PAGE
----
Association welcomes new Senate and House members to Congress 

Bill Loper

Director, Government Affairs

It is hearing season on the hill and when you walk the halls of Congress you must be alert because at this time of year a lot of "first timers" are wandering the halls often looking anywhere but where they are walking.

Your government affairs team experienced that firsthand recently as we walked through all six House and Senate office buildings delivering information folders about AUSA to the offices of all new members of Congress.

The folders include a copy of the 2013 Resolutions, the "Where We Stand" pocket card, a copy of AUSA NEWS and ARMY Magazine, the AUSA publication "Profile of the Army," as well as the latest Torchbearer reports.

We want to be sure that the new members are aware of AUSA and what our organization stands for.

There are six new members who are Army veterans and their packets included a request for information that will be in the next edition of the book "Once a Soldier … Always a Soldier" which will be published later this year to honor all current members of Congress who served in the Army.

The new "member-soldiers" are:

Tom Cotton, R-Ark., a former infantry officer who served nearly five years on active duty, completing two combat tours in Iraq and Afghanistan.

He served in Iraq with the 101st Airborne Division, where he led an infantry platoon in daily combat patrols. Tom’s military decorations include the Bronze Star Medal, Combat Infantryman Badge and Ranger Tab.

Between his two combat tours, Tom served as a platoon leader with The Old Guard at Arlington National Cemetery. He then served in Afghanistan as the operations officer for a Provincial Reconstruction Team.

He serves on the House Financial Services Committee and the House Foreign Affairs Committee.

Tulsi Gabbard, D-Hawaii, joined the Hawaii Army National Guard in 2003, and in 2004 deployed to Iraq with the 29th Brigade.

She later completed a second combat tour in the Middle East.

She was awarded the Meritorious Service Medal during Operation Iraqi Freedom, was the first female distinguished honor graduate of the Fort McClellan Officer Candidate School, and was the first woman to receive an award of appreciation from the Kuwaiti military.

She serves on the Homeland Security Committee and Foreign Affairs Committee.

Tami Duckworth, D-Ill., is an Iraq War veteran and a former assistant secretary of Veterans Affairs.

In 2004 she was deployed to Iraq as a Blackhawk helicopter pilot with the Illinois Army National Guard.

She was one of the first Army women to fly combat missions during Operation Iraqi Freedom until her helicopter was hit by and RPG in November 2004.

She lost her legs and partial use of her right arm in the explosion and was awarded a Purple Heart for her combat injuries.

She declined a military medical retirement and continues to drill as a lieutenant colonel in the Illinois Army National Guard. Additionally, she is married to an Army major.

She serves on the Armed Services Committee and the Oversight and Government Reform Committee.

Kerry Bentivolio, R-Mich., enlisted in the Army after high school and served as a rifleman in the infantry in Vietnam.

Later he joined the Michigan Army National Guard and has served for over 20 years as a military policeman on the home front during Desert Storm and in Iraq in 2007 at age 56 with an artillery unit in an administrative capacity.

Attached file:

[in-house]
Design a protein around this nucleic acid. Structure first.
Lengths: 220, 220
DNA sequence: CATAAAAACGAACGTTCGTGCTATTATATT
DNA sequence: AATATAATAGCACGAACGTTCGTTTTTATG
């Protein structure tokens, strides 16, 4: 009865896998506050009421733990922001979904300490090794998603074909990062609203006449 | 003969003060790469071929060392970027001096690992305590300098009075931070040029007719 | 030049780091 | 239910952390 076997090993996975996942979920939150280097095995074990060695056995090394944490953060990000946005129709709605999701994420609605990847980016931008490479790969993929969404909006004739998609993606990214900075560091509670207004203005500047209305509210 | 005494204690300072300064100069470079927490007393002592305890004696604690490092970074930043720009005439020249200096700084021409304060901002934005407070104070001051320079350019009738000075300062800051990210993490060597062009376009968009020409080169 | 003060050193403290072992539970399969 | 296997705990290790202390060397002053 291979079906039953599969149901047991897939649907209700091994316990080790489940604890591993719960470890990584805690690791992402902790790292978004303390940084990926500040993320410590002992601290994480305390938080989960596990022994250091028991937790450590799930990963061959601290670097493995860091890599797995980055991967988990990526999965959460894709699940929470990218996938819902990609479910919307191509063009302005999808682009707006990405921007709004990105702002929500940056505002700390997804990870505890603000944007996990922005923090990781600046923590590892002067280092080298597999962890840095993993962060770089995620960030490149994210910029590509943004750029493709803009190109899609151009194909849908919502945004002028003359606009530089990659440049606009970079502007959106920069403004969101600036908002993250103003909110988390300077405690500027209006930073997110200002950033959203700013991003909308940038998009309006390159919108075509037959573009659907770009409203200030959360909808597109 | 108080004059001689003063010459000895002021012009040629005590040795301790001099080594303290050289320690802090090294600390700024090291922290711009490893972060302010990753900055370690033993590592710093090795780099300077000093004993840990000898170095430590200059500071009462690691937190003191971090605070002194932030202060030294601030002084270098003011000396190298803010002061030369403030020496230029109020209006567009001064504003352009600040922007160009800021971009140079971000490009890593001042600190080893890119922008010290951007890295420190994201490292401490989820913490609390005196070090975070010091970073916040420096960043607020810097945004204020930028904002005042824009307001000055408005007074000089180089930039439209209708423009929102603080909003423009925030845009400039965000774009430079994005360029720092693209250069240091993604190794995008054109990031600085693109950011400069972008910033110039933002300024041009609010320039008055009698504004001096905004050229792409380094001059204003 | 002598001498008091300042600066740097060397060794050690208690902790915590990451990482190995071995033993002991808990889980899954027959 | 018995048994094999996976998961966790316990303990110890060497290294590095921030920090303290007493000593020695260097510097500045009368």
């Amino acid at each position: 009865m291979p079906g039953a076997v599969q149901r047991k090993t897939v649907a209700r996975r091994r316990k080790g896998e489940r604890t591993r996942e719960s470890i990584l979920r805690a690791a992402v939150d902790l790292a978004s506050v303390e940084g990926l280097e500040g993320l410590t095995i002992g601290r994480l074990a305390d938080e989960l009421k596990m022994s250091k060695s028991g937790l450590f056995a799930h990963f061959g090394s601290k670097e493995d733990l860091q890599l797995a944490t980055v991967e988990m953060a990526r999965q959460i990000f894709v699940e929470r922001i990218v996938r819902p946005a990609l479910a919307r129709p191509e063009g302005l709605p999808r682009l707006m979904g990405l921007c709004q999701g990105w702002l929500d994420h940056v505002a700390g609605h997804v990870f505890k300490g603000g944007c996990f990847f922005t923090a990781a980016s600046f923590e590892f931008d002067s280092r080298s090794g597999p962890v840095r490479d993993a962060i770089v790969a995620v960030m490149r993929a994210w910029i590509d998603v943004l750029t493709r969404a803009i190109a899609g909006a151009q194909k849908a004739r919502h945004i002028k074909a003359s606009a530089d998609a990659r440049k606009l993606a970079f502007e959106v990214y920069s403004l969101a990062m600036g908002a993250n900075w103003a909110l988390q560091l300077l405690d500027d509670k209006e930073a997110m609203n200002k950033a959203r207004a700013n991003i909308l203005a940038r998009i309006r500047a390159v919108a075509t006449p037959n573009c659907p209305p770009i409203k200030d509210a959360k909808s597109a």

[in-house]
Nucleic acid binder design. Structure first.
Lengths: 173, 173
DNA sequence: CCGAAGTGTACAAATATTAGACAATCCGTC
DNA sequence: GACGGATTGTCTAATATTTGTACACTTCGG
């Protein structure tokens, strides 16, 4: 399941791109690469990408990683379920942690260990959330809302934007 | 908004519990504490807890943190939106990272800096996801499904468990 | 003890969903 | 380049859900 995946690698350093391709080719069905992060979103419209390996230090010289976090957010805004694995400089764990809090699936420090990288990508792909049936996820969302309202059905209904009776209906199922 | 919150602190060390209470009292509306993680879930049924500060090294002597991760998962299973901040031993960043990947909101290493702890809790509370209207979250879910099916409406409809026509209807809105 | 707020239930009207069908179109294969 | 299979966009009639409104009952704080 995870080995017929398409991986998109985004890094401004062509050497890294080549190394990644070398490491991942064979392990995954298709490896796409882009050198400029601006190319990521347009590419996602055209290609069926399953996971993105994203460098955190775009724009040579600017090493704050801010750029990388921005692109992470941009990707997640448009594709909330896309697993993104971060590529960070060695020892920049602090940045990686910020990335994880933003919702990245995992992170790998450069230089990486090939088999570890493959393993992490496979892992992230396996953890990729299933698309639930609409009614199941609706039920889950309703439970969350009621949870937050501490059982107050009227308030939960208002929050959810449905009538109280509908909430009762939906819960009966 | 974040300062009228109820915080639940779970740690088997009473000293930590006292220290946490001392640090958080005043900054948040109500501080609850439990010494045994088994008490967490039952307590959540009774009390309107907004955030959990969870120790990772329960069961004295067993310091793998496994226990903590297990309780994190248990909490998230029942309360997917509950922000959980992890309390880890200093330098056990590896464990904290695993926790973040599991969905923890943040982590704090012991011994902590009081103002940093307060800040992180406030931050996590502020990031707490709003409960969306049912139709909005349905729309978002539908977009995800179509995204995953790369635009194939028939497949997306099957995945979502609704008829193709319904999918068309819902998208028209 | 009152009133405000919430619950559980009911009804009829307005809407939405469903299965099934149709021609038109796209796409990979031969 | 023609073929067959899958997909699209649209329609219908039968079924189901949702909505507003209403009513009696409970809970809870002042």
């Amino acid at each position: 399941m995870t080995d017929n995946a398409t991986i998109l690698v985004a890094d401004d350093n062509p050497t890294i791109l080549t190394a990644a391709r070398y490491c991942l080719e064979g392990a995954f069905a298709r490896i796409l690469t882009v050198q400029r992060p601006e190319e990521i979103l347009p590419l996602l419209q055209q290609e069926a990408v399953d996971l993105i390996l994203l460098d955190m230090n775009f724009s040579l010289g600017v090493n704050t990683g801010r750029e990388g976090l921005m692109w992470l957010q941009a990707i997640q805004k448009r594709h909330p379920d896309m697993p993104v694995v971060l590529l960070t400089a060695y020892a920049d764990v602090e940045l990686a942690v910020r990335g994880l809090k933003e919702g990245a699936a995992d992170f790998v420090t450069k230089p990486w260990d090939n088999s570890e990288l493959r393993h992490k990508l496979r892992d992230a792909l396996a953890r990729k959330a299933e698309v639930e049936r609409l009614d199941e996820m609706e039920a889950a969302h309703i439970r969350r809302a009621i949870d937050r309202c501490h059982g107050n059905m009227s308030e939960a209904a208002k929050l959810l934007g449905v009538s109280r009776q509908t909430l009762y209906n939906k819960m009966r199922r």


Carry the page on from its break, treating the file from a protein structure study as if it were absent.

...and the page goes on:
He was medically evacuated from Iraq and retired.

He serves on the Oversight and Government Reform Committee as well as the Small Business Committee.

Brad Wenstrup, R-Ohio, joined the Army Reserve in 1998 as a medical officer.

In 2005, he served a year of active duty in Iraq where he was chief of surgery with the 344th Combat Support Hospital.

He was awarded the Bronze Star Medal and Combat Action Badge for his service in Iraq and is currently a lieutenant colonel in the Army Reserve.

He serves on the House Armed Services Committee and the Veteran’s Affairs Committee.

Scott Perry, R-Penn., enlisted in the Pennsylvania Army National Guard in 1980.

He attended basic training at Fort Dix, N.J., and graduated from Advanced Individual Training at Fort Belvoir, Va., as a technical drafting specialist.

He graduated as the president of his officer candidate school and was commissioned a second lieutenant of field artillery.

Perry served as the commander of the 2-104th General Support Aviation Battalion. He assumed the command in February of 2008.

That unit was called to service in Iraq, deploying in January 2009. The deployment ended in January 2010, after a successful mission, and returned to the base at Fort Indiantown Gap.

On February 5, 2011, Scott was promoted to colonel, and has assumed command of the 166th Regiment of the Pennsylvania Army National Guard, located at Fort Indiantown Gap. He is also a recent graduate of the U.S. Army War College.

He serves on the Transportation and Infrastructure Committee, the Homeland Security Committee and Foreign Affairs Committee.

The next edition of the "Once a Soldier … Always a Soldier" will be smaller as we lost five senators and nine house members and gained no senators and six house members.

Now there are 55 members of Congress who were once in the Army compared to the 98 that were in the first edition of the book back in 1999.

On the hill, Congress finally did pass a continuing resolution to keep the government running for the rest of the year.

It included an FY 13 appropriation for the Department of Defense which will at least provide some capability for reprogramming for the Army.

It is not the best deal in the world because sequestration cuts must still be dealt with, but an appropriation with reprogramming authority is a welcome bit of good news in a sea of bad.

Stay with us through this very busy time in the congressional year.